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Alzheimer's Disease Health Center

Alzheimer's Progression, Step by Step

As researchers learn more, therapy might someday address brain changes much sooner
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WebMD News from HealthDay

By Barbara Bronson Gray

HealthDay Reporter

TUESDAY, July 16 (HealthDay News) -- New research seeks to delineate just how Alzheimer's disease unfolds in the human brain.

Biological changes may happen earlier than scientists had previously thought, according to a new disease model. This suggests that early signs of risk could potentially become treatment targets long before symptoms of Alzheimer's begin to appear, the researchers said.

"We're getting a better idea of what is happening during the asymptomatic [symptomless] phases of the disease," said Dean Hartley, director of science initiatives at the Alzheimer's Association, who was not involved with the new research.

The scientists behind the new research identified distinct but overlapping phases in the course of Alzheimer's disease, each detectable by biological "markers" showing physical changes in the brain. They also have refined their model to distinguish between these "biomarkers" of Alzheimer's disease and those of normal aging.

In the first phase of Alzheimer's, brain markers signaling changes in beta-amyloid protein show up first, the model suggests. Beta-amyloid plaques are protein pieces from the fatty membrane surrounding nerve cells that clump together, contributing to nerve dysfunction.

In the second phase of the disease, signs of degeneration and death of brain cells occur.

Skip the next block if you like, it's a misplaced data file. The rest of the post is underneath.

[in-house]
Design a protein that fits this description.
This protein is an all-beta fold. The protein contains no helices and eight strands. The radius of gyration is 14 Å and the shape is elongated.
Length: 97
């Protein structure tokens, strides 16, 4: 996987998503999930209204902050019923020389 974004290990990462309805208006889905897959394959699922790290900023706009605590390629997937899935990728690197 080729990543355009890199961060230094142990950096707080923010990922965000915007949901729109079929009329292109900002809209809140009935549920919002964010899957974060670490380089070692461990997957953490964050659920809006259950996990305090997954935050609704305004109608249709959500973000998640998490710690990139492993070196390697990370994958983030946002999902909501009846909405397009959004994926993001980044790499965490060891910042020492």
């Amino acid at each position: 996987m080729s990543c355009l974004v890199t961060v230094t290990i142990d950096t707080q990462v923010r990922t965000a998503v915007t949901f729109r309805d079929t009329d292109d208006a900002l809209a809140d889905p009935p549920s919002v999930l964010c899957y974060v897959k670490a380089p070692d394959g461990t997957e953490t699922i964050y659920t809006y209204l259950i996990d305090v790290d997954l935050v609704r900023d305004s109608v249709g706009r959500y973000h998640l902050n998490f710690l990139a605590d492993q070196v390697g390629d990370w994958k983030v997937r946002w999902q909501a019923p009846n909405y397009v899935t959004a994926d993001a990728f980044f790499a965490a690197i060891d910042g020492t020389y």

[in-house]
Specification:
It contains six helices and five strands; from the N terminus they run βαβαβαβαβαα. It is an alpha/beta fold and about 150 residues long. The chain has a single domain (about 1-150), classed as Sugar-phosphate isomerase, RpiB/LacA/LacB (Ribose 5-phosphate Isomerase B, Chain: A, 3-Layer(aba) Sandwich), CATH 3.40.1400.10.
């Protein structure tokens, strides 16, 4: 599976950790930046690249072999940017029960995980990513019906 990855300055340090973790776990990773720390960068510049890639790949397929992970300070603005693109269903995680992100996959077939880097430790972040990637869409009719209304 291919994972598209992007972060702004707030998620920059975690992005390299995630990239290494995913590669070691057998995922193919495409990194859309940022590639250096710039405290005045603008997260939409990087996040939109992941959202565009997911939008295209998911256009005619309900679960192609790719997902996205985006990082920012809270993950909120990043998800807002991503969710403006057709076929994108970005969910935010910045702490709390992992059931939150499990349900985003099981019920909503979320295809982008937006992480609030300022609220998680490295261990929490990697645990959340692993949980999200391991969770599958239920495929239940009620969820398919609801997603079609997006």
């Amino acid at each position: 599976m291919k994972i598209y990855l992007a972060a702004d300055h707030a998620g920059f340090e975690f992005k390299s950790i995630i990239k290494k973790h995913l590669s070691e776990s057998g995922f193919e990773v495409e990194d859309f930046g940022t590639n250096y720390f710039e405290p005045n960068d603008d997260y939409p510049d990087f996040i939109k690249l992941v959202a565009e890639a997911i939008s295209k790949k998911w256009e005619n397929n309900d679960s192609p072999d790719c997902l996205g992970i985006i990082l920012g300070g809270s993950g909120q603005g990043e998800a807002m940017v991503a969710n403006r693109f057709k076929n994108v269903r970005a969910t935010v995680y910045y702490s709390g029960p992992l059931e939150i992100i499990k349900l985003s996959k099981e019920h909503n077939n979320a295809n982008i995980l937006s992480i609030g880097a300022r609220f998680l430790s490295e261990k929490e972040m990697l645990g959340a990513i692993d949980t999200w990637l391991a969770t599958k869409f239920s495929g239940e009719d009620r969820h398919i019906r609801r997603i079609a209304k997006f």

Symptoms of dementia are seen in the third phase of Alzheimer's disease, according to the new model.

The refined model should help researchers design better research, guide the selection of study participants, suggest the ideal time to begin treatment and help measure the impact of treatment, said Dr. Clifford Jack Jr.

Jack is lead author of one of three related studies to be presented Tuesday at the Alzheimer's Association International Conference, in Boston. He said his research has been accepted for publication in the journal Neurology.

In addition to beta-amyloid proteins, "tau" -- another protein -- also plays a role in Alzheimer's, creating what are called "neurofibrillary tangles." Jack said the changes in the brain created by tau seem to occur first, but amyloid aggregation, or clumping, accelerates the changes in tau and causes it to spread.

The central message is that tau and beta-amyloid plaque interact with each other in a synergistic way, said Jack, a professor of radiology and a neuroradiologist at the Mayo Clinic College of Medicine, in Rochester, Minn.

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